Azure pricing explained!

Azure pricing explained!

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Azure Capability

Price

Remarks

Compute (server usage) $0.12 /instance-hour Compute charge is not usage based; the charges start adding up once you deploy the application.
Storage (persistent) Storage @ $0.15 / GB-month stored This will include Azure Blobs and Azure Tables where the information stored is not transient. Even though Azure Queue is part of the Azure Storage, the information stored being transient, no charges for the data that goes into the queues. However each transaction (item you write to the queue) you perform on the queue accrues charges. Please see the next row for the transaction charge.
Storage Transactions $0.01/10K transactions Every CRUDy (Create, Read, Update, Delete) transaction into Azure Queues (this is the only charge for the queues), Azure Tables, Azure Blobs will incur this charge.
SQL Azure: Web Edition $9.99 /month (1GB RDBMS) The SQL Server editions support access from on-premise applications through the familiar connection string approach. One can manage the cloud database through on-premise tools and access from on-premise applications
SQL Azure: Business Edition $99.99 /month (10GB RDBMS) Same as above.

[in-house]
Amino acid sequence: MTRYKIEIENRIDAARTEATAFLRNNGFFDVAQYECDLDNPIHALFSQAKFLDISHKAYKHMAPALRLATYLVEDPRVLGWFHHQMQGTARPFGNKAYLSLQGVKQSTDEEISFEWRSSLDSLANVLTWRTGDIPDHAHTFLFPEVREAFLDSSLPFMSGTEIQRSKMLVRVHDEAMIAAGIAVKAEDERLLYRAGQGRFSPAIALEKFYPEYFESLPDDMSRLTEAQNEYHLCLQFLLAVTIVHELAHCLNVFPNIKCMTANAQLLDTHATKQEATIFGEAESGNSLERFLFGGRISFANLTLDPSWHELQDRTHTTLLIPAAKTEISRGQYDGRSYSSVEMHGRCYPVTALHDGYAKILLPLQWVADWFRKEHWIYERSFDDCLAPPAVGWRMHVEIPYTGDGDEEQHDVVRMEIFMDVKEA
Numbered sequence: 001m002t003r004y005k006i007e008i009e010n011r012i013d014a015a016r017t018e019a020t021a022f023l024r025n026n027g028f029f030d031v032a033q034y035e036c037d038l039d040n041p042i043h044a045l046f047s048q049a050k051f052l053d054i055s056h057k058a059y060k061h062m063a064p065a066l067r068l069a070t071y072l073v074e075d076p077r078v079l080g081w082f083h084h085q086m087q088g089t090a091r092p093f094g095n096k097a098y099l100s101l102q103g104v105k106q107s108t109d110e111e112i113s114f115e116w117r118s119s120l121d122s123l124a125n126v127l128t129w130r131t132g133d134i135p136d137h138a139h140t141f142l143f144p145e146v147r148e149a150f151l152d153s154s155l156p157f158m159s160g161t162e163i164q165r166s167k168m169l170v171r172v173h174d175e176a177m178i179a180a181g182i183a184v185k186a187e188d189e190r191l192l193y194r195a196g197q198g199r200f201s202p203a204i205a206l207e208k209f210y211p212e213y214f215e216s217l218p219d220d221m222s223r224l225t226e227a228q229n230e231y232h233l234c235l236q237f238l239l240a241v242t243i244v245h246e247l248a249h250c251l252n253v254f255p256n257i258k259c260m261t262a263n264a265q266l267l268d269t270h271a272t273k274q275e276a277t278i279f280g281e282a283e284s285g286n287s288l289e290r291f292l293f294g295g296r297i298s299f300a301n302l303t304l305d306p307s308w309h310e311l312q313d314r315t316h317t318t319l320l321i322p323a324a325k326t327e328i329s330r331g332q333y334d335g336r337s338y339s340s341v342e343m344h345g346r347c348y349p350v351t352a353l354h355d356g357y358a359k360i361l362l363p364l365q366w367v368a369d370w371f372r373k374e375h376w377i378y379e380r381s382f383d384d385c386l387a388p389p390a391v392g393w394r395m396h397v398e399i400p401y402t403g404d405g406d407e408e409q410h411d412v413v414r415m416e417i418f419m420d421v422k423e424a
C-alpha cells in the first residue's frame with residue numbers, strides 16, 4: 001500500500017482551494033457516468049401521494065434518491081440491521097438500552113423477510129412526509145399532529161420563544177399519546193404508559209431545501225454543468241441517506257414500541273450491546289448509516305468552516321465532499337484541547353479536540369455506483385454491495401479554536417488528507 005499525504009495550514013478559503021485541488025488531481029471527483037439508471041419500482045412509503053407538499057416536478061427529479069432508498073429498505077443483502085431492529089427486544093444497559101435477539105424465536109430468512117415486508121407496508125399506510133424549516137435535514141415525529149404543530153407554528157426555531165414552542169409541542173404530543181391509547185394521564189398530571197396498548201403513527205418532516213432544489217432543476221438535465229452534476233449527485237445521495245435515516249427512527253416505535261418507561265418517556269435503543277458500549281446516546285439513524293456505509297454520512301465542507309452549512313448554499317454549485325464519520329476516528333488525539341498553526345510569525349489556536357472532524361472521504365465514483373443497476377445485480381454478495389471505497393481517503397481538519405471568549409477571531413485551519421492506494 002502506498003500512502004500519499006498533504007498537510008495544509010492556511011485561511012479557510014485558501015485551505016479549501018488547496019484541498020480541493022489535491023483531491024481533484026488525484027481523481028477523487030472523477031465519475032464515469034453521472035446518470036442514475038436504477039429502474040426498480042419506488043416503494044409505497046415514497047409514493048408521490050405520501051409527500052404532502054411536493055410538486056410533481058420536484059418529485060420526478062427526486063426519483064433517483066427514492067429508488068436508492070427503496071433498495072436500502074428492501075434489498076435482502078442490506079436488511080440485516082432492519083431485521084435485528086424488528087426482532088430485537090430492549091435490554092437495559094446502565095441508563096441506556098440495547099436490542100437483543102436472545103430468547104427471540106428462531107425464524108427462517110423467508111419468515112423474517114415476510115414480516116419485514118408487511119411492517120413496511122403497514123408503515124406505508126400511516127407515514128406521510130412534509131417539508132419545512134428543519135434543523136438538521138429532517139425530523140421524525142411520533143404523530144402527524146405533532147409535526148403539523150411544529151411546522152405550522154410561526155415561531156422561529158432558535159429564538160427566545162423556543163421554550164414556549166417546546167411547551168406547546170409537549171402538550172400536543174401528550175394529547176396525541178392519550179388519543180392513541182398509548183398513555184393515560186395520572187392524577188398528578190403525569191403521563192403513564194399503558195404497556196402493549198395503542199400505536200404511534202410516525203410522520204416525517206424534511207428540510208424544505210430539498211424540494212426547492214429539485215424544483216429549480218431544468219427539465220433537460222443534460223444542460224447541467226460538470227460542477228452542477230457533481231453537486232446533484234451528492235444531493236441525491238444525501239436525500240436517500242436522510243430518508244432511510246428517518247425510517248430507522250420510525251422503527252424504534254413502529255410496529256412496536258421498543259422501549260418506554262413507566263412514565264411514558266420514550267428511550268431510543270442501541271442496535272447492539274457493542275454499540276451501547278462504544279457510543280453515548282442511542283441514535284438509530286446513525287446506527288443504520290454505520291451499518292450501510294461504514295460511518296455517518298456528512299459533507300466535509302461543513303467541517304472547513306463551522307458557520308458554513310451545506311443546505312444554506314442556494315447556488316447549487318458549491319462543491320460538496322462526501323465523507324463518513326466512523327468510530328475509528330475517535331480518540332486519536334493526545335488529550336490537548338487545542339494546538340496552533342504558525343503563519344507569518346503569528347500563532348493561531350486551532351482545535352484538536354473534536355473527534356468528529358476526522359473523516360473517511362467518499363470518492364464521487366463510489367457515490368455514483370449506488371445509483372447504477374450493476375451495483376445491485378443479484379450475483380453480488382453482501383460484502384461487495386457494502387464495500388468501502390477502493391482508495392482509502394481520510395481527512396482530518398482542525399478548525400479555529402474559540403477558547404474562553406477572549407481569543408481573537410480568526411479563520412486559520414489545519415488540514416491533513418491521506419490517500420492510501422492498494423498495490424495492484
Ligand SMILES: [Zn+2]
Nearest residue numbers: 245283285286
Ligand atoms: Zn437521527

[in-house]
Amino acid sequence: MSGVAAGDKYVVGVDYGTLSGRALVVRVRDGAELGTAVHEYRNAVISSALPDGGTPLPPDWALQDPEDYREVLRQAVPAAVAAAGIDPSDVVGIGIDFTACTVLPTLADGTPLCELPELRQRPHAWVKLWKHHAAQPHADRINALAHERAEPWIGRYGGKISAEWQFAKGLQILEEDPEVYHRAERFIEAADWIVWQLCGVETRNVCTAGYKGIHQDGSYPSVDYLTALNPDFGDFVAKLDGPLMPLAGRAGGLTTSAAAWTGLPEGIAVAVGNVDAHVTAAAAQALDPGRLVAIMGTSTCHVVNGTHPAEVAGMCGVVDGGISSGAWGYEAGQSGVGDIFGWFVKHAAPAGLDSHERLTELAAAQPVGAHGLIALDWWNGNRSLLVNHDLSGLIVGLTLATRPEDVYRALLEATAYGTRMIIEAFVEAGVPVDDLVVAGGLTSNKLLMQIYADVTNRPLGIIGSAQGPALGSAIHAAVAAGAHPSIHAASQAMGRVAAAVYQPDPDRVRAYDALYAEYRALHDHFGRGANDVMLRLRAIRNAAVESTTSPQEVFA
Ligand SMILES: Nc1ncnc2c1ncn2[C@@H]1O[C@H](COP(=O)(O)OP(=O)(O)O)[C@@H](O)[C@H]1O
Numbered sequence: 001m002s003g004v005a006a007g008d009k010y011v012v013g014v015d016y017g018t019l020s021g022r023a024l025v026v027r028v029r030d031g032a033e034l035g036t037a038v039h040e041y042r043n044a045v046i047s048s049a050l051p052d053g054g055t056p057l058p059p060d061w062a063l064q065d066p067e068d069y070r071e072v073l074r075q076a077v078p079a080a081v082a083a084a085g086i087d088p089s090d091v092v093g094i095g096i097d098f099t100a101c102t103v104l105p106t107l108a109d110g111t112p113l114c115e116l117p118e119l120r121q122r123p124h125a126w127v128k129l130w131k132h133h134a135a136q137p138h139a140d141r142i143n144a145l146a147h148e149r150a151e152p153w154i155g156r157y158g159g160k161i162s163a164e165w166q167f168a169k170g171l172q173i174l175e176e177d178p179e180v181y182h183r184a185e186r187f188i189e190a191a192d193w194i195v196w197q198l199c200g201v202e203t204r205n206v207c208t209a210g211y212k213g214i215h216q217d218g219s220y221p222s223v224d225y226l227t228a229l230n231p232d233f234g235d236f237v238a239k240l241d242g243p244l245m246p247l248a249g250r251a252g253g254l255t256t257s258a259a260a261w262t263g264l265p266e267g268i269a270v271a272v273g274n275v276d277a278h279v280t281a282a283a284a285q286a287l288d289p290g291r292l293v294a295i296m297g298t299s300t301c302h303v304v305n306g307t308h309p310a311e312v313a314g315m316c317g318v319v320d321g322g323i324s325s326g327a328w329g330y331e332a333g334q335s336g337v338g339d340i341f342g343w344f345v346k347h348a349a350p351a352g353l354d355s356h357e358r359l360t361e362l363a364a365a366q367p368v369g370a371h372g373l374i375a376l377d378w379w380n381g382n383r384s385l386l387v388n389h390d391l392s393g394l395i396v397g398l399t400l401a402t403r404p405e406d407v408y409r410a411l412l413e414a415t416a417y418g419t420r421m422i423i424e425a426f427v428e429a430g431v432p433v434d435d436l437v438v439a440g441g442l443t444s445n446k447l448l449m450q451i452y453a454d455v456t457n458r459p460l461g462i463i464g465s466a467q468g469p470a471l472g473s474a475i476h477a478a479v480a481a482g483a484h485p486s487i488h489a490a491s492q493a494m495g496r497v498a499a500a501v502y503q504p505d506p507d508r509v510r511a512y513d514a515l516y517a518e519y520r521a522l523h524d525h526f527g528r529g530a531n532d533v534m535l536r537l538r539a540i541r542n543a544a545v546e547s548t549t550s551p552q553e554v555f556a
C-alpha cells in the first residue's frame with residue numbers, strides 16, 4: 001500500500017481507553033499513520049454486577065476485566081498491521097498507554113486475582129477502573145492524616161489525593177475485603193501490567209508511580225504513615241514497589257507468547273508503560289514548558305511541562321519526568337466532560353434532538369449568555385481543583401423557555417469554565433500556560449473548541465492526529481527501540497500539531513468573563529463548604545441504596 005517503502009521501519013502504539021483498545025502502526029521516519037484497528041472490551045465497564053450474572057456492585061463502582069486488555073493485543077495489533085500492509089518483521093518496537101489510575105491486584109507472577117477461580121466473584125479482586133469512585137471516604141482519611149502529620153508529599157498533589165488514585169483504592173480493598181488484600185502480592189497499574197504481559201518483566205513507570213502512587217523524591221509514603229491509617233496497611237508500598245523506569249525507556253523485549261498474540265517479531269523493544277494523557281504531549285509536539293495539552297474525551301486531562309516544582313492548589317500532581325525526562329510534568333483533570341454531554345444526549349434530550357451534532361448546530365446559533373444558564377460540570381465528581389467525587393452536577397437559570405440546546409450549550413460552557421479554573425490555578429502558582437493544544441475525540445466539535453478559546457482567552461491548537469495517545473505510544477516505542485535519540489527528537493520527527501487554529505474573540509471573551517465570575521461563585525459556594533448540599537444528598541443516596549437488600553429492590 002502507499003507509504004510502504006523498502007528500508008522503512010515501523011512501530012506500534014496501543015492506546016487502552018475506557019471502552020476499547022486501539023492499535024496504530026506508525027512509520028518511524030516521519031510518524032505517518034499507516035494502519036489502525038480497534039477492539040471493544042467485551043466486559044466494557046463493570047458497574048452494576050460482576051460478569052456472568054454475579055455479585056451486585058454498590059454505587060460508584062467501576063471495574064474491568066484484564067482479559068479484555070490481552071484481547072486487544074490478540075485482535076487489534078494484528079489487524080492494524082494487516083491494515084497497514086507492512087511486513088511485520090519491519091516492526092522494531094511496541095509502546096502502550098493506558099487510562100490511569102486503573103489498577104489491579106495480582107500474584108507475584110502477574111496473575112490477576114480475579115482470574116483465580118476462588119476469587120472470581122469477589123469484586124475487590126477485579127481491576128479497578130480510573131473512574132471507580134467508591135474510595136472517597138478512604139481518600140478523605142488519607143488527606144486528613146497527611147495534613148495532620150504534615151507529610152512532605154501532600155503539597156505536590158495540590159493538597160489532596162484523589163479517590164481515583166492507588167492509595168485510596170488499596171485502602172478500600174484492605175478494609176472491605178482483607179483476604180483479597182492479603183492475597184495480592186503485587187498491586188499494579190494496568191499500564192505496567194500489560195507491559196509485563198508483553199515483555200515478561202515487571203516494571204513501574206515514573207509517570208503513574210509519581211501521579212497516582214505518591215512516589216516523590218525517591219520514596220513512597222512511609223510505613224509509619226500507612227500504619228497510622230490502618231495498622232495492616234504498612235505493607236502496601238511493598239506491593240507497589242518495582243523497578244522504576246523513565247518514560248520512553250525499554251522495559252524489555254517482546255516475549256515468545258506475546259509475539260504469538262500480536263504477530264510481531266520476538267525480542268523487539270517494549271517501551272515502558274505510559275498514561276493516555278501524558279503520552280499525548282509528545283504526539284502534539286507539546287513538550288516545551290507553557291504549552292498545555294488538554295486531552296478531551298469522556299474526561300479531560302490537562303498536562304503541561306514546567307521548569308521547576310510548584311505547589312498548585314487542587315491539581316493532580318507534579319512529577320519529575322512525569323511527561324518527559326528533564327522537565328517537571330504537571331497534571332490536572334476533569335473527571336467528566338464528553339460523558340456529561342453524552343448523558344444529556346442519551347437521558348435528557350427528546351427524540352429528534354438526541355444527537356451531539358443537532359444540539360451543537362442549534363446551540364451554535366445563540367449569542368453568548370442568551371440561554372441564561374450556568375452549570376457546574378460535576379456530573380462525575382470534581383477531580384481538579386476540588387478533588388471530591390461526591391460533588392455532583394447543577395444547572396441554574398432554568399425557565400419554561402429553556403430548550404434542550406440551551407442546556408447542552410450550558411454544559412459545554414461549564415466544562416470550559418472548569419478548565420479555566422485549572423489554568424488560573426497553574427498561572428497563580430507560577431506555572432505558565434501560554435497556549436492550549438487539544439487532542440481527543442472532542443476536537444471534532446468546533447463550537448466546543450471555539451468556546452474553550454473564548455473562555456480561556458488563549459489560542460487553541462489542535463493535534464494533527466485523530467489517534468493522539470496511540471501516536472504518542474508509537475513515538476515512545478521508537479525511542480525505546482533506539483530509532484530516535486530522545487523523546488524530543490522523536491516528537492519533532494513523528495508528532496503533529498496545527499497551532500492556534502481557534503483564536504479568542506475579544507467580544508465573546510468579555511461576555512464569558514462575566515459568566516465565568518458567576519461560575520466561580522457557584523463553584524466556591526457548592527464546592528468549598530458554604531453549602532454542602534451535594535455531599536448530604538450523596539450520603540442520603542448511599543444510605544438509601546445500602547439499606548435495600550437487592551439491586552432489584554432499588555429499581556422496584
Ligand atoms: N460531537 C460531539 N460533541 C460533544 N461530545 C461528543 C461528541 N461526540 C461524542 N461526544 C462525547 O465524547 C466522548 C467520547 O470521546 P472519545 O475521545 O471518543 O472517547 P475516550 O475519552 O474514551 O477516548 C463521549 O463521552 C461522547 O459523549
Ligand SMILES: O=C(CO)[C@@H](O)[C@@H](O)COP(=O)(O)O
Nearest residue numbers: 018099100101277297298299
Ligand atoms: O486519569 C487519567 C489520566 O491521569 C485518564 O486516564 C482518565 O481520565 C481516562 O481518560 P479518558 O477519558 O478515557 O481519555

.NET Services $0.15/100K messages A message may be Service Bus request or an Access Control token.
Bandwidth – ingress $0.10/GB Bandwidth charges are for the traffic in and out of Azure Cloud infrastructure. There will be no charges for the intra Azure Cloud data transfers. E.g. Web Role –> Azure Queue will not incur any charge.
Bandwidth – egress $0.15/GB Same as above.

 

For the original post, read it at http://blogs.msdn.com/windowsazure/archive/2009/07/14/confirming-commercial-availability-and-announcing-business-model.aspx.

-Hanu

 

(Disclaimer: the opinions expressed above are my own and not to be considered as the official response from Microsoft)

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  • Good post, Hanu!  A few comments/observations:

    1. Compute is usage based, it's just that the granularity is at the instance level.  The more instances you use, the more you pay.  

    2. Also, you can publish an app into Azure and not get charged until you start running it.  In other words, I believe an app can sit there in the cloud without being running and you won't get charged.

    3. If you need more space than a SQL Azure business or web edition allows, you can have as many as you want -- you just need to think about how to partion and shard the data.

    4.  For a simple Excel spreadsheet that lets you calculate costs based on usage of compute, storage, messages, and bandwidth, see Gregroy Renard's post here: http://blogs.codes-sources.com/redo/archive/2009/07/14/azure-services-platform-windows-azure-sql-services-net-services-calculez-vous-meme-votre-prix-d-hebergement-mensuel.aspx .  

    You can download the attachment at the bottom to get the Excel file.  

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